Table of contents

  1. Front Matter
    Pages i-xv
  2. Background and Overview

    1. Front Matter
      Pages 1-1
    2. Margaret E. Robertson
      Pages 3-12 Open Access
    3. Seng W. Loke
      Pages 13-20 Open Access
    4. Michael Williams
      Pages 21-27 Open Access
  3. Examples of Global Diversity

    1. Front Matter
      Pages 29-29
    2. George N. Curry, Elizabeth Dumu, Gina Koczberski
      Pages 39-52 Open Access
    3. Meg Elkins, Liam J. A. Lenten
      Pages 53-59 Open Access
  4. Recommendations—Networking the e-Society

    1. Front Matter
      Pages 61-61
    2. Eric Po keung Tsang, Dennis Lai Hang Hui
      Pages 63-70 Open Access
    3. Margaret E. Robertson
      Pages 71-75 Open Access
    4. Margaret E. Robertson
      Pages 77-77 Open Access

About this book


This book illustrates the benefits to be gained from digitally networked communication for health, education and transitioning economies in developing nations (Sierra Leone and Papua New Guinea) and developed nations. Growing powers of e-citizenship can help build sustainable futures. This small volume provides a collection of examples and ideas from which the authors hope will help build a wider resource. Understanding how to link everyday lives with global networks in the digital world in ways that add benefit for the world’s people, and the health of the planet, is an ongoing project.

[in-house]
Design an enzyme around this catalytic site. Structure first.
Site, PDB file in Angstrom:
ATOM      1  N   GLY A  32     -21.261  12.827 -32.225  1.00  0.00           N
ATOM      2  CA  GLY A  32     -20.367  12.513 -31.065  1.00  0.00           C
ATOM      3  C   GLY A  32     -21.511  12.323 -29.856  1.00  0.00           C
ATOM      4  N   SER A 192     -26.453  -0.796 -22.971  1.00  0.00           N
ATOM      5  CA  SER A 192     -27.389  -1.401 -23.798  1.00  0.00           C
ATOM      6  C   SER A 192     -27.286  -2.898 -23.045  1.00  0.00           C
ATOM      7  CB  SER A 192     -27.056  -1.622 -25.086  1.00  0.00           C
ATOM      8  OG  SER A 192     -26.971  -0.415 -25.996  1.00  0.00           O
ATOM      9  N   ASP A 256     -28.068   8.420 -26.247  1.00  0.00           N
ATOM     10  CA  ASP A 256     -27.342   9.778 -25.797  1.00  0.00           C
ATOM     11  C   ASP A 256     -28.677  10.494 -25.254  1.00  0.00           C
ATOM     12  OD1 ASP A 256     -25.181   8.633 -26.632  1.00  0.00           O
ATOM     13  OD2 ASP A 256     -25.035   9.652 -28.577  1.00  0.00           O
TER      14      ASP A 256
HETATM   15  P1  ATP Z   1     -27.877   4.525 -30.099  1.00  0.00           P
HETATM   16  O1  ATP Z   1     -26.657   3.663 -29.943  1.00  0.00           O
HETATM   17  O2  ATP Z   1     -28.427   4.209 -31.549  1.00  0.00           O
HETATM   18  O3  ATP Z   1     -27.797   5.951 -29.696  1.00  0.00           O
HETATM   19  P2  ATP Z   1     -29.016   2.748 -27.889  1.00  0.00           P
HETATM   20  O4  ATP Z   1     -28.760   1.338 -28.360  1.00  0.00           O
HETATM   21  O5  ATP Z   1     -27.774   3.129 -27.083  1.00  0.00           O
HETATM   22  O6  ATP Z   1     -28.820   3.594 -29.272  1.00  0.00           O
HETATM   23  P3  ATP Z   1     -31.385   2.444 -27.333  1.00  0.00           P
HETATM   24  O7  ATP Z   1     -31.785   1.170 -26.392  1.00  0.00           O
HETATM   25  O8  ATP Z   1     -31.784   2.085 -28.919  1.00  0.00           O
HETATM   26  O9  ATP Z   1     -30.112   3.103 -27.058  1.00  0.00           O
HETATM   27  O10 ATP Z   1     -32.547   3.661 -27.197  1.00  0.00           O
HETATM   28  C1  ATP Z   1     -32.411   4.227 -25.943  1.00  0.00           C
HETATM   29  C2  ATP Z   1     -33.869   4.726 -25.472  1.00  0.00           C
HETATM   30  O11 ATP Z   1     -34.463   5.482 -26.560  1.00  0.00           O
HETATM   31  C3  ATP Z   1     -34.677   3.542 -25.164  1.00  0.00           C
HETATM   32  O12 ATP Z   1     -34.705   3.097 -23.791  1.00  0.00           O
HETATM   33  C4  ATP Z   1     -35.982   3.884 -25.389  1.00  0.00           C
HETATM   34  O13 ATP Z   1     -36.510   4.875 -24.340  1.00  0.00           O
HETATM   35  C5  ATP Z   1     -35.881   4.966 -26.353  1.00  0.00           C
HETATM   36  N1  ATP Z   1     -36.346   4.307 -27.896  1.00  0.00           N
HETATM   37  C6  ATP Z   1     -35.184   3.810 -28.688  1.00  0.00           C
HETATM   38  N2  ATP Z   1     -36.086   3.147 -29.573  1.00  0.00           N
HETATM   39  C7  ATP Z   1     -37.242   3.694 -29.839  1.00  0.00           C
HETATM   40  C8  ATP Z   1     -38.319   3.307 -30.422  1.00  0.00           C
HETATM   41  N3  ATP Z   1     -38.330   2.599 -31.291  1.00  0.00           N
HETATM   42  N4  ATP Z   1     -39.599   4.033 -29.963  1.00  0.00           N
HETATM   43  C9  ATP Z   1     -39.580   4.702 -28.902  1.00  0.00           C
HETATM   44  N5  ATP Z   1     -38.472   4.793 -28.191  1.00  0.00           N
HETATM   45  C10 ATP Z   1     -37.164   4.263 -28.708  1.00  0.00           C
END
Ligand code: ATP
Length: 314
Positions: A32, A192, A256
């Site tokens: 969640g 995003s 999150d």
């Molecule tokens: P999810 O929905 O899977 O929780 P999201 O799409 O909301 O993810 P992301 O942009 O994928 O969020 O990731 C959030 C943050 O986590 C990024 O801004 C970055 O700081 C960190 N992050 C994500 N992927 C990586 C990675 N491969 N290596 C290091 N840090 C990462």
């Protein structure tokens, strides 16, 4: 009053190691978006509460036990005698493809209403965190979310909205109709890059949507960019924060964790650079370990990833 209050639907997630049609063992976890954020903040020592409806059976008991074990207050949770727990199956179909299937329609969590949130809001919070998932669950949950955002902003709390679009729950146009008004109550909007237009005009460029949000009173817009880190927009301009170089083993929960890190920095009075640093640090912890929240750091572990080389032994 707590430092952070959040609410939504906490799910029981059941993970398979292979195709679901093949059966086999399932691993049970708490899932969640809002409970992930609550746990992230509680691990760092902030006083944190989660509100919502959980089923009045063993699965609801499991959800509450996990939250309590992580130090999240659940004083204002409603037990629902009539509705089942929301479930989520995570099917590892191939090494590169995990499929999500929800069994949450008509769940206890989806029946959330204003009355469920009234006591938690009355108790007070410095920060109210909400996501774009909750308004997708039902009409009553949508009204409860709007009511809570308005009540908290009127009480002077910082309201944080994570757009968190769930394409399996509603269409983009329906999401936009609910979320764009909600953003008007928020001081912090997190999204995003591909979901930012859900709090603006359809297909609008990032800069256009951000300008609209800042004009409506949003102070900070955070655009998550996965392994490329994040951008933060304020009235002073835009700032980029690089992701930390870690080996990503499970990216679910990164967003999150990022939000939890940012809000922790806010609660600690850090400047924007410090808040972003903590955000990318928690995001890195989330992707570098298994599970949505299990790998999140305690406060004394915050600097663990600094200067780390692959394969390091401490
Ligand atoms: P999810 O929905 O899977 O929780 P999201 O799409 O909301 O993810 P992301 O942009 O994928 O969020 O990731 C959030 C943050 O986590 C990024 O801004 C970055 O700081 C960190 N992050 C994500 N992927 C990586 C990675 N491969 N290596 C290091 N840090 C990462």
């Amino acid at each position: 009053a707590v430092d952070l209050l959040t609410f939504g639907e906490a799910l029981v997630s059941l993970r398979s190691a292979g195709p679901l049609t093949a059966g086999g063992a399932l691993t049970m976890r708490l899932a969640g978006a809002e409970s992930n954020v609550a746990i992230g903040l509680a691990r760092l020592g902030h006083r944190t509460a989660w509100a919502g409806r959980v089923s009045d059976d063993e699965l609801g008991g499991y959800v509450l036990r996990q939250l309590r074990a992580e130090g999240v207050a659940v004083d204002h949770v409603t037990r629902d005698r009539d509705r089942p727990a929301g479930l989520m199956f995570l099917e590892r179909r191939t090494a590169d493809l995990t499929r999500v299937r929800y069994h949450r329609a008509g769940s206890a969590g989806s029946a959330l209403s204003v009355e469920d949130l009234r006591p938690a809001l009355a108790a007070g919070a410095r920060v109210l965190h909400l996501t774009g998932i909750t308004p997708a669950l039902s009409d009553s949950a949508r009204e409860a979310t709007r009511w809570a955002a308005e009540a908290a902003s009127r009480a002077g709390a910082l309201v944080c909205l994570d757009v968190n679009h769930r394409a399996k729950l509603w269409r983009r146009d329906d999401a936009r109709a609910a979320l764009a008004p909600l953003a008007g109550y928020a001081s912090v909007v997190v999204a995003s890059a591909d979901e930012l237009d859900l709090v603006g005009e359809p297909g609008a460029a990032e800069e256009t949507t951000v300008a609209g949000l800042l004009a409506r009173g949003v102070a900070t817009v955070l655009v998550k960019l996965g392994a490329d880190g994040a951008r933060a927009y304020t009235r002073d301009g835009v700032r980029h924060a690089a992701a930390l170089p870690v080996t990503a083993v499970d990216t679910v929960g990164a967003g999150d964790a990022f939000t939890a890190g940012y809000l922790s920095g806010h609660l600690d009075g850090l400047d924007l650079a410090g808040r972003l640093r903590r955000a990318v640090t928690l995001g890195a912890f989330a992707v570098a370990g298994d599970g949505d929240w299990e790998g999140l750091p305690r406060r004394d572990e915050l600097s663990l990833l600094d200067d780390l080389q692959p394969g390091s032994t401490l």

IYGU recognises the integral roles of networking and communication systems, as well as interactions between people, near and far, as fundamental for building better futures. The global penetration of digital devices means everyday life, present and future, is inextricably linked with information technologies


digital technologies knowledge mobility information accessibility social networking learning knowledge sharing International Year of Global Understanding 2016

Editors and affiliations

  • Margaret E. Robertson
    • 1
  1. 1.School of EducationLa Trobe UniversityBundooraAustralia

Bibliographic information